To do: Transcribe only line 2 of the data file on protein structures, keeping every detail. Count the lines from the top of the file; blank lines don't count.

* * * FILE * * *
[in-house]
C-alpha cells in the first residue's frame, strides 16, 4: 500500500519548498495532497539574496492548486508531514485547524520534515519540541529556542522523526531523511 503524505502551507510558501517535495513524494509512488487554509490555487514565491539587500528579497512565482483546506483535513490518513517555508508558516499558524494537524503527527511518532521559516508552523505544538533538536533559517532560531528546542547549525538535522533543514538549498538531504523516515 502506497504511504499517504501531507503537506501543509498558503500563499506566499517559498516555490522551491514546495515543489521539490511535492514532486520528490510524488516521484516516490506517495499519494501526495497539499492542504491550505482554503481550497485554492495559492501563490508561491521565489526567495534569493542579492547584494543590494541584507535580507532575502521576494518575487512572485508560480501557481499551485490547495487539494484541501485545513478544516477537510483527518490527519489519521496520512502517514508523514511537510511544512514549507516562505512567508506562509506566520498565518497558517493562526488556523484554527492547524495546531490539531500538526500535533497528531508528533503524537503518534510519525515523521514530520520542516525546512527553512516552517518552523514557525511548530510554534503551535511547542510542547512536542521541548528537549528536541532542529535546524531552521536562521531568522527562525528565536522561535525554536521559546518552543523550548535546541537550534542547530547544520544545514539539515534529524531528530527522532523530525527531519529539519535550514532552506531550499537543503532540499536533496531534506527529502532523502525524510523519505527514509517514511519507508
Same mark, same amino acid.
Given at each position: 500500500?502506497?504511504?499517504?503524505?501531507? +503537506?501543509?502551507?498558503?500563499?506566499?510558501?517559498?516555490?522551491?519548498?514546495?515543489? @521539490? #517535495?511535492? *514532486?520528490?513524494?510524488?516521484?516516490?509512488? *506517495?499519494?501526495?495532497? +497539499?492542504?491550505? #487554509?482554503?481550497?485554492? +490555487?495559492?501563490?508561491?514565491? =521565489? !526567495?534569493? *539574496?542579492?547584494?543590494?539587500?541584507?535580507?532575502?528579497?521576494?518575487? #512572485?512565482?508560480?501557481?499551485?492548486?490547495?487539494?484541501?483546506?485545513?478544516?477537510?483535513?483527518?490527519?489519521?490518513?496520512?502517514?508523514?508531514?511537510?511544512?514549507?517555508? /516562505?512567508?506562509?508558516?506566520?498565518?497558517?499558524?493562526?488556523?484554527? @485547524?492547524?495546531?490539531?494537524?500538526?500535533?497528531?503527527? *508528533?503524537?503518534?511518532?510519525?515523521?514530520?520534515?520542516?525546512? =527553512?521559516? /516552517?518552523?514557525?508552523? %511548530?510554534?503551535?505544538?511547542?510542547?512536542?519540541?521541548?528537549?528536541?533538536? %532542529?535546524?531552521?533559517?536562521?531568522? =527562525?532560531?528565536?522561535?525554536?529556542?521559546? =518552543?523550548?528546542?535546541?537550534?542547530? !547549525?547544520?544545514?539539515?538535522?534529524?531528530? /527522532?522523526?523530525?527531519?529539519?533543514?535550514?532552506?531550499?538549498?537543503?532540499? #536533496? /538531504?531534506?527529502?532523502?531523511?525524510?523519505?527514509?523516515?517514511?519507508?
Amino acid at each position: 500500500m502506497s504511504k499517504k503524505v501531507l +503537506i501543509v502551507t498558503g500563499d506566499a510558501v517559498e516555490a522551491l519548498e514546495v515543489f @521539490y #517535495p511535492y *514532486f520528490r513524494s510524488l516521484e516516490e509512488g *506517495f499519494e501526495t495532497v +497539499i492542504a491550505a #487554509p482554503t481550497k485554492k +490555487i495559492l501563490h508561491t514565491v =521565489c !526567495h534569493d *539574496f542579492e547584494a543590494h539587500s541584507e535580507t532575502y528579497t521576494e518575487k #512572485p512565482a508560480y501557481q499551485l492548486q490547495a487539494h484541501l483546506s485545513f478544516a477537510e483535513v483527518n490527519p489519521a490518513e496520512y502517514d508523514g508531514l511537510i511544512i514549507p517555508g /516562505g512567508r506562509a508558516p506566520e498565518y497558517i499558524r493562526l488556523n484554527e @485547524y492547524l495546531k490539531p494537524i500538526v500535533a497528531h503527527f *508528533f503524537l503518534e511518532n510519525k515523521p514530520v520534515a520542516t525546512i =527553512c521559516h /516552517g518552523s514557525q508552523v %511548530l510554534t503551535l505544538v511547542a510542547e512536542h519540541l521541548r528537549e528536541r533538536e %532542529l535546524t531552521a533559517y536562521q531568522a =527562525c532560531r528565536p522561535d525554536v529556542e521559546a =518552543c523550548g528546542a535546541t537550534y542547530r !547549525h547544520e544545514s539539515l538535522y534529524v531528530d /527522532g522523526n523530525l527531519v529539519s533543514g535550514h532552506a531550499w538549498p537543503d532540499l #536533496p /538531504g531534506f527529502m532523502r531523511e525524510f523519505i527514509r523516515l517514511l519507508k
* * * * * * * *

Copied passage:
C-alpha cells in the first residue's frame, strides 16, 4: 500500500519548498495532497539574496492548486508531514485547524520534515519540541529556542522523526531523511 503524505502551507510558501517535495513524494509512488487554509490555487514565491539587500528579497512565482483546506483535513490518513517555508508558516499558524494537524503527527511518532521559516508552523505544538533538536533559517532560531528546542547549525538535522533543514538549498538531504523516515 502506497504511504499517504501531507503537506501543509498558503500563499506566499517559498516555490522551491514546495515543489521539490511535492514532486520528490510524488516521484516516490506517495499519494501526495497539499492542504491550505482554503481550497485554492495559492501563490508561491521565489526567495534569493542579492547584494543590494541584507535580507532575502521576494518575487512572485508560480501557481499551485490547495487539494484541501485545513478544516477537510483527518490527519489519521496520512502517514508523514511537510511544512514549507516562505512567508506562509506566520498565518497558517493562526488556523484554527492547524495546531490539531500538526500535533497528531508528533503524537503518534510519525515523521514530520520542516525546512527553512516552517518552523514557525511548530510554534503551535511547542510542547512536542521541548528537549528536541532542529535546524531552521536562521531568522527562525528565536522561535525554536521559546518552543523550548535546541537550534542547530547544520544545514539539515534529524531528530527522532523530525527531519529539519535550514532552506531550499537543503532540499536533496531534506527529502532523502525524510523519505527514509517514511519507508